We live in a world driven by “on demand” digital content. Streaming video coupled with advances in mobile technology has led to increased accessibility to the world of digital storytelling. Everyone has become a creator. Are you a creator? Is that idea you have the next big web series or short film?
Before you jump in and start writing your masterpiece, you should ask yourself a few pointed questions. These questions may seem very basic, but you will be surprised how many people write without considering these things, ending up with a subpar project, if they ever finish it at all.
Question #1: What is my film about?
Identify the true story you want to tell. Identifying the narrative will ensure that you are consistent to those parameters as you write. Freewriting is one of the best ways to flush out a story. Sit in a quiet space and write down whatever comes to mind about your idea. What is the theme of your story? Who are your main characters? Where will the story take place? From your freewriting, chose the ideas that you think work best to begin putting your story together.
From here, you can chose to write a treatment that details all of your major plot points, or take a more organic approach and work from an outline. Whatever method you use, organizing your how your story progresses before you start writing helps to create a pleasant writing experience.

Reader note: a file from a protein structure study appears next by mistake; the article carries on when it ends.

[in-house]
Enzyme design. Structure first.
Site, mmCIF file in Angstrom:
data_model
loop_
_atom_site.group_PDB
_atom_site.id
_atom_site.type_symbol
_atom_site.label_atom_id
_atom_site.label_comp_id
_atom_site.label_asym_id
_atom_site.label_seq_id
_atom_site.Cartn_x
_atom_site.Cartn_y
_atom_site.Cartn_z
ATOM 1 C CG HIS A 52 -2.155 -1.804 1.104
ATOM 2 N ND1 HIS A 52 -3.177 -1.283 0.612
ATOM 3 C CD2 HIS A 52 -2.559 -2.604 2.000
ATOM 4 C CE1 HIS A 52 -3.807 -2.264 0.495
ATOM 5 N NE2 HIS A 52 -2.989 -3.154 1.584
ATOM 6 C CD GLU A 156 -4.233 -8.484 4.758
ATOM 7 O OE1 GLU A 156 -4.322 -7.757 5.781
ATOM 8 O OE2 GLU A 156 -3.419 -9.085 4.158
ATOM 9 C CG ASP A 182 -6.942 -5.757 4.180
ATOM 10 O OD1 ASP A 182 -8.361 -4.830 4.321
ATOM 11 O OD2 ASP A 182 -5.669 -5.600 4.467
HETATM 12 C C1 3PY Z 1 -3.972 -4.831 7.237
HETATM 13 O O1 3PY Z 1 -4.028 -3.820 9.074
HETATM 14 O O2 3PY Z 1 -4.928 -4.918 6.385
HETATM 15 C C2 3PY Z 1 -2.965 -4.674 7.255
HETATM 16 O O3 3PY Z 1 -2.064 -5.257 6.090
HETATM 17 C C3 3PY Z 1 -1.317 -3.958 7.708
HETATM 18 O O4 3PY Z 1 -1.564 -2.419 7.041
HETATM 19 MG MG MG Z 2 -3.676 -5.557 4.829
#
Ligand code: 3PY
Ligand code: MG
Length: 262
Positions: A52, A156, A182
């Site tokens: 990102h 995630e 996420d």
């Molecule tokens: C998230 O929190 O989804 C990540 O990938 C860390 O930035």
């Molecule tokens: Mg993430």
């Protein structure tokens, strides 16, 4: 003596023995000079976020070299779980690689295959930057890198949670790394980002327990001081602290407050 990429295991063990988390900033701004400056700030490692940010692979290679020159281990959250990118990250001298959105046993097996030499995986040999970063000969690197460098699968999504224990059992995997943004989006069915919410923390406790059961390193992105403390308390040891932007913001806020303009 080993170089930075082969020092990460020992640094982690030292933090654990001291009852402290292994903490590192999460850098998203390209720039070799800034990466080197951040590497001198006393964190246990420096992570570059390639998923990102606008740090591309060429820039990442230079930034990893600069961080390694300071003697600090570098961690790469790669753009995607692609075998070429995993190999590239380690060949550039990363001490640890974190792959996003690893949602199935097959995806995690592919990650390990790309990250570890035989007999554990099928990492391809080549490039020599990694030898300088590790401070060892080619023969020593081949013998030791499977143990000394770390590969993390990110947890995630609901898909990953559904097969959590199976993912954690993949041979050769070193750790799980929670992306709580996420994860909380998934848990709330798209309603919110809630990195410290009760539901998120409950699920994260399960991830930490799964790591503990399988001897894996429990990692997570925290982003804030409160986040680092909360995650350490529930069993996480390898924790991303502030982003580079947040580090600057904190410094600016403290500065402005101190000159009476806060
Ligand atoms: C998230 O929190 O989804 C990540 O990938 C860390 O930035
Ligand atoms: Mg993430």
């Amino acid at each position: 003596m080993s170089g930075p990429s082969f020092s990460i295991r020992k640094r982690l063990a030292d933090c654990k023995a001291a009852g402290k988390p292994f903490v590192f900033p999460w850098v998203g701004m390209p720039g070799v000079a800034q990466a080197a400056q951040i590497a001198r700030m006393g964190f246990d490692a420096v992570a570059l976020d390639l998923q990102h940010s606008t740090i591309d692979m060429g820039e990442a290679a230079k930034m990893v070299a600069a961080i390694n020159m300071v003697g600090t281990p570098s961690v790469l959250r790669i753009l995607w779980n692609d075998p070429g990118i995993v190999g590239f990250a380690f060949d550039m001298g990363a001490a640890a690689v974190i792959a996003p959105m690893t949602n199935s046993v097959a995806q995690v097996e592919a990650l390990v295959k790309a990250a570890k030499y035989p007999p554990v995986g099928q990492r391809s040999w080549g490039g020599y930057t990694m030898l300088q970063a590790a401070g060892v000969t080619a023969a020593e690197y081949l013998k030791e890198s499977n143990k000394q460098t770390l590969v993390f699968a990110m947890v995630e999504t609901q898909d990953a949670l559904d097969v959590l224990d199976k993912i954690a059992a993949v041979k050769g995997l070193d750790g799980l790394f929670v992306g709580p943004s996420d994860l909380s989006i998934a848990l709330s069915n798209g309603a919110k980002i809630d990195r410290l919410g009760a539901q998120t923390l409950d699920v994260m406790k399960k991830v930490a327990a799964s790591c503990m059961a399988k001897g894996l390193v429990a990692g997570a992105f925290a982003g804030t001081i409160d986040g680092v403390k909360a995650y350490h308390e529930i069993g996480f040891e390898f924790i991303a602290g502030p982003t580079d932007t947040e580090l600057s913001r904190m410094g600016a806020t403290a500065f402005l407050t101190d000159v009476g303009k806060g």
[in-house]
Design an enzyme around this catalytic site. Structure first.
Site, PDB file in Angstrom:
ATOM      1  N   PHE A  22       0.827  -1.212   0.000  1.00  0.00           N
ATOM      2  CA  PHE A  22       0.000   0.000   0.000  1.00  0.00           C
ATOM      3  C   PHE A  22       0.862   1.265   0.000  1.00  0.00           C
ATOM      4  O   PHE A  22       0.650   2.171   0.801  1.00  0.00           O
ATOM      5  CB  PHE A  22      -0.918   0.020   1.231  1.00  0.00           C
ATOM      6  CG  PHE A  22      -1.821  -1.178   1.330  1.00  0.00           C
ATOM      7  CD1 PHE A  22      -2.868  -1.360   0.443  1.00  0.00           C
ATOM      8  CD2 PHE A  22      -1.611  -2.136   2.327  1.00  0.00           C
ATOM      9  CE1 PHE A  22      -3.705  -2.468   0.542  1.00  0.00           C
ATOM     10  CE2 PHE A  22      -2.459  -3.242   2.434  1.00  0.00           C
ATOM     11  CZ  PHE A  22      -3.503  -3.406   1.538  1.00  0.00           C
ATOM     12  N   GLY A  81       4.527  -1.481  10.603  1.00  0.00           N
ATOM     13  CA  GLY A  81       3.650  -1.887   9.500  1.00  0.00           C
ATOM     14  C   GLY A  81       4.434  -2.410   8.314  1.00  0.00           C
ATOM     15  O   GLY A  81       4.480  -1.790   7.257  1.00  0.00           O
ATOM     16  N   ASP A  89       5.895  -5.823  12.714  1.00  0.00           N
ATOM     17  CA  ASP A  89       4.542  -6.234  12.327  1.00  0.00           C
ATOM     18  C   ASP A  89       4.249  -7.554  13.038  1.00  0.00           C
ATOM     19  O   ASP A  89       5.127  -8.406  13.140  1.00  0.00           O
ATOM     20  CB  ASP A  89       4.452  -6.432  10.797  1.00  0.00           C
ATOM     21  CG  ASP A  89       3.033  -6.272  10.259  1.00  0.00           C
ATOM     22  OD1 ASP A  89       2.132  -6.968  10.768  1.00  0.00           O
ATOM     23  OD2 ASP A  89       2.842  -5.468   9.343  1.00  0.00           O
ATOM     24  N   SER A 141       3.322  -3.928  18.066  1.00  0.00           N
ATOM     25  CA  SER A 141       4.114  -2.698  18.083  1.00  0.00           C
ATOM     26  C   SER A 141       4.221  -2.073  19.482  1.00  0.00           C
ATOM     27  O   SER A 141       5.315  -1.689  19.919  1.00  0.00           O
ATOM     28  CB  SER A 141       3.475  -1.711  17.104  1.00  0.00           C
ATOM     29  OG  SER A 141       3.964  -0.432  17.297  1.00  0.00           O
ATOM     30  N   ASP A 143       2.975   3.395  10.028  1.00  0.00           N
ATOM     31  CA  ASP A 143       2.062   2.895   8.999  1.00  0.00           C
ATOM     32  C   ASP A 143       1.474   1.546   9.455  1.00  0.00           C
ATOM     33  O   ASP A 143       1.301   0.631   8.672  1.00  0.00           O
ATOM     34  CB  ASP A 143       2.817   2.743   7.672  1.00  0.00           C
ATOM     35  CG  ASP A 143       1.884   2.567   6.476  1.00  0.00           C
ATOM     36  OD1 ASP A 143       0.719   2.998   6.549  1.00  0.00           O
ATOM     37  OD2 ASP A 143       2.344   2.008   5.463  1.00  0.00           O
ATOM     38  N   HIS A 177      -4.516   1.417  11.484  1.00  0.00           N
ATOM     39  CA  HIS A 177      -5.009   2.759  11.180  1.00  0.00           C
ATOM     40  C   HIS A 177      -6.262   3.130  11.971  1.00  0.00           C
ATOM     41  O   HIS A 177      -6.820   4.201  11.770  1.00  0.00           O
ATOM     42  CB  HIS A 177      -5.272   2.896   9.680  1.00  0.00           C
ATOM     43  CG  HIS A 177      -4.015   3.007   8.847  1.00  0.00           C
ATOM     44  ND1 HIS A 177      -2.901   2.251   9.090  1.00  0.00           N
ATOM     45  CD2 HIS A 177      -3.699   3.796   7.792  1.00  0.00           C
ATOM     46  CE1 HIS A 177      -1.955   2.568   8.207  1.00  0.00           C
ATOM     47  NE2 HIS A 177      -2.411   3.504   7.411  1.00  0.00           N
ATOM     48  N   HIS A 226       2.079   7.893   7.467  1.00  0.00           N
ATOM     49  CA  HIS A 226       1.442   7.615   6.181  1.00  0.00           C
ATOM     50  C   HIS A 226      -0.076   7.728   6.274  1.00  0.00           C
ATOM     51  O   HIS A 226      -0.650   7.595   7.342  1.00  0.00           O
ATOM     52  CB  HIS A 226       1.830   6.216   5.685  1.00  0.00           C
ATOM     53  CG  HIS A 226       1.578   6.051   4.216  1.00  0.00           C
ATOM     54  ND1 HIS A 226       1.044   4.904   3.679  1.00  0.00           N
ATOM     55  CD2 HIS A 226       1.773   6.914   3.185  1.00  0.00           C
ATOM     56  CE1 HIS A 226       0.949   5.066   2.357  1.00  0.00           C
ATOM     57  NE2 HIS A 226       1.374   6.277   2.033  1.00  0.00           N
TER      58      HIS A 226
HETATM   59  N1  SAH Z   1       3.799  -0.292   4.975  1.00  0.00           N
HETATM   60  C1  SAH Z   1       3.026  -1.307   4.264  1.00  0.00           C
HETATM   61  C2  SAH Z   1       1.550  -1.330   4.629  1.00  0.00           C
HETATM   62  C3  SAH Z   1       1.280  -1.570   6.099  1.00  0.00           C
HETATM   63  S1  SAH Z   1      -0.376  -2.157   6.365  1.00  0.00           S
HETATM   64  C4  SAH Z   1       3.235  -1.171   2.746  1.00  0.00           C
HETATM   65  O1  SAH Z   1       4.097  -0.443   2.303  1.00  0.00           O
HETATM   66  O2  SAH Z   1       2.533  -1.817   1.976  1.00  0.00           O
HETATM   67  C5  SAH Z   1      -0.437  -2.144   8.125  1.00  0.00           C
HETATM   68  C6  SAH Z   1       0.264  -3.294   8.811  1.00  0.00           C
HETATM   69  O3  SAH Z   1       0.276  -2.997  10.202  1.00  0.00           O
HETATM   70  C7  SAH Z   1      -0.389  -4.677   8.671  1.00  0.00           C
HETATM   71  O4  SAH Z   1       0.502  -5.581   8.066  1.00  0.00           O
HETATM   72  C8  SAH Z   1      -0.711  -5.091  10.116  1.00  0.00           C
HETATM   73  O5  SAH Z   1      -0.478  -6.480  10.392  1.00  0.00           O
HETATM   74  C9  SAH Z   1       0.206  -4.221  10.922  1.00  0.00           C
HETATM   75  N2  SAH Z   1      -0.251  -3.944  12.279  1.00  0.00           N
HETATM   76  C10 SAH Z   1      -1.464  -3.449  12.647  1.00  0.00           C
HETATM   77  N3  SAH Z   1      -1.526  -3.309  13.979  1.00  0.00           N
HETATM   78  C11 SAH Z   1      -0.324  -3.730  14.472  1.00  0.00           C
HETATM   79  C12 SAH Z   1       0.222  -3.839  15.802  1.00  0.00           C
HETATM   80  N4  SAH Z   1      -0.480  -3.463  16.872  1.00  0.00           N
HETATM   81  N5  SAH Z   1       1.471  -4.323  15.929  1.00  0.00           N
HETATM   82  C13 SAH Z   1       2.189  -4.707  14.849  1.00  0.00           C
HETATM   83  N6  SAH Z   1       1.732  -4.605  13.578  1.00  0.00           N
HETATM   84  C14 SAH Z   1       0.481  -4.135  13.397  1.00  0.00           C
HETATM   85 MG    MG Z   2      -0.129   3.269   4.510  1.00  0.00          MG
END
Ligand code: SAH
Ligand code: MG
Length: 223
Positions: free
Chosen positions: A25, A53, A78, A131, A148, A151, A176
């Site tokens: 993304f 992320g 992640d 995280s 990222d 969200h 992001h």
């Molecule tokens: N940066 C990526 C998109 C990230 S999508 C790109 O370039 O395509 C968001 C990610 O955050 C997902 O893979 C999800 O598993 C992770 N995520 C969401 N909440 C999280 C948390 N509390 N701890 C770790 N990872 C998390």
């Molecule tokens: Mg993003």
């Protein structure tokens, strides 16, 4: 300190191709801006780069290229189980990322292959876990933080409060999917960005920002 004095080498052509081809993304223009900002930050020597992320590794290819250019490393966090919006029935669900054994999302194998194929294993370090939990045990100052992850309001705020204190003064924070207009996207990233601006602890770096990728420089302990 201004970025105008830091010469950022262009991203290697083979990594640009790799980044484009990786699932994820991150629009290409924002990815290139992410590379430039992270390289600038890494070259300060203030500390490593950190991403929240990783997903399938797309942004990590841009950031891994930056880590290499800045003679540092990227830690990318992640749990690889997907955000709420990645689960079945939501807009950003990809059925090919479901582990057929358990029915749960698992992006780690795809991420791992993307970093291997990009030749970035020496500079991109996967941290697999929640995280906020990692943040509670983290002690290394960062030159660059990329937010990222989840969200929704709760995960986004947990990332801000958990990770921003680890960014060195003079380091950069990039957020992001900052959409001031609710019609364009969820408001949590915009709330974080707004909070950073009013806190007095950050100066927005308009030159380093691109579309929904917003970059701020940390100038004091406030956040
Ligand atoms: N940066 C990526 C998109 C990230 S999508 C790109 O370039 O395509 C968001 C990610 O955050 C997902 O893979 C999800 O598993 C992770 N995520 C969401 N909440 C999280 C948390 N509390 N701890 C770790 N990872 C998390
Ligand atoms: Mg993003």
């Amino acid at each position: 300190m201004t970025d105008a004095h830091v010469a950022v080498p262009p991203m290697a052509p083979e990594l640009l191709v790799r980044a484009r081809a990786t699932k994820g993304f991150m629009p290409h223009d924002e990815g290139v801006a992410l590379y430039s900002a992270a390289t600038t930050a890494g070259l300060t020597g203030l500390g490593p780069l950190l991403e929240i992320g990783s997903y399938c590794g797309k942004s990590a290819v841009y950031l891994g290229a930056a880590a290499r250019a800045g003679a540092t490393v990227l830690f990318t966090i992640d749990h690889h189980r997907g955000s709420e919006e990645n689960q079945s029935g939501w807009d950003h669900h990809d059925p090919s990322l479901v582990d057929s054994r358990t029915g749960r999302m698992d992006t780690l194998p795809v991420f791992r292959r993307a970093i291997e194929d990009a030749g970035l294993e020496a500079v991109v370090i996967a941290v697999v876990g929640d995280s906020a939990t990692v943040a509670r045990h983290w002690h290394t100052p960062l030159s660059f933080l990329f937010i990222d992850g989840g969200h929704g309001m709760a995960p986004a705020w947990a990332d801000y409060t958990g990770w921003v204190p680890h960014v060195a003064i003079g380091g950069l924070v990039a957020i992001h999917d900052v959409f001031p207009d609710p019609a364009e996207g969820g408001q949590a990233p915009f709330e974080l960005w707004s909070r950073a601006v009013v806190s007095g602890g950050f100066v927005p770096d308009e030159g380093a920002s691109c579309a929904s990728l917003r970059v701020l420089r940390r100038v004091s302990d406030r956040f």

Question #2: Can I invest the time to write?
In the words of Robert McKee, story is about thoroughness, not shortcuts. Writing a script takes time and commitment. Being realistic about the time frame needed to complete your first draft can help you remain motivated and avoid unnecessary stress. Stress can impede the creative process. Also, a preset time frame helps with setting writing goals and scheduling dedicated time to writing every day. Whether you plan to write a scene a day, or to write 10 minutes a day, the process is always easier if you are writing a story you truly believe in (see question #1). If you tend to procrastinate, the idea of a looming deadline may also keep you on track.
Question #3: Do I know the rules of writing a screenplay?
Screenplays follow a strict formatting structure. The way the margins, font and dialogue are positioned are somewhat of an exact science. Generally, this structure is used to estimate the length of a finished project, and to make reading and breaking down a script easier as a project moves into production. Also, it is important to note that a screenplay is not at all like writing a book or a magazine article. Novelists and journalists have certain flexibilities that screenwriters do not. Read a few screenplays before writing as a way to become acclimated with the craft. Read the script of a film you are familiar with. This will demonstrate how the words on the page translate to the screen. Screenplays of all types of films are available online on the Internet Movie Script Database www.imsdb.com.
Story: Substance, Structure, Style and the Principles of Screenwriting, Robert McKee
The Blacklist https://blcklst.com/help/script_standards.pdf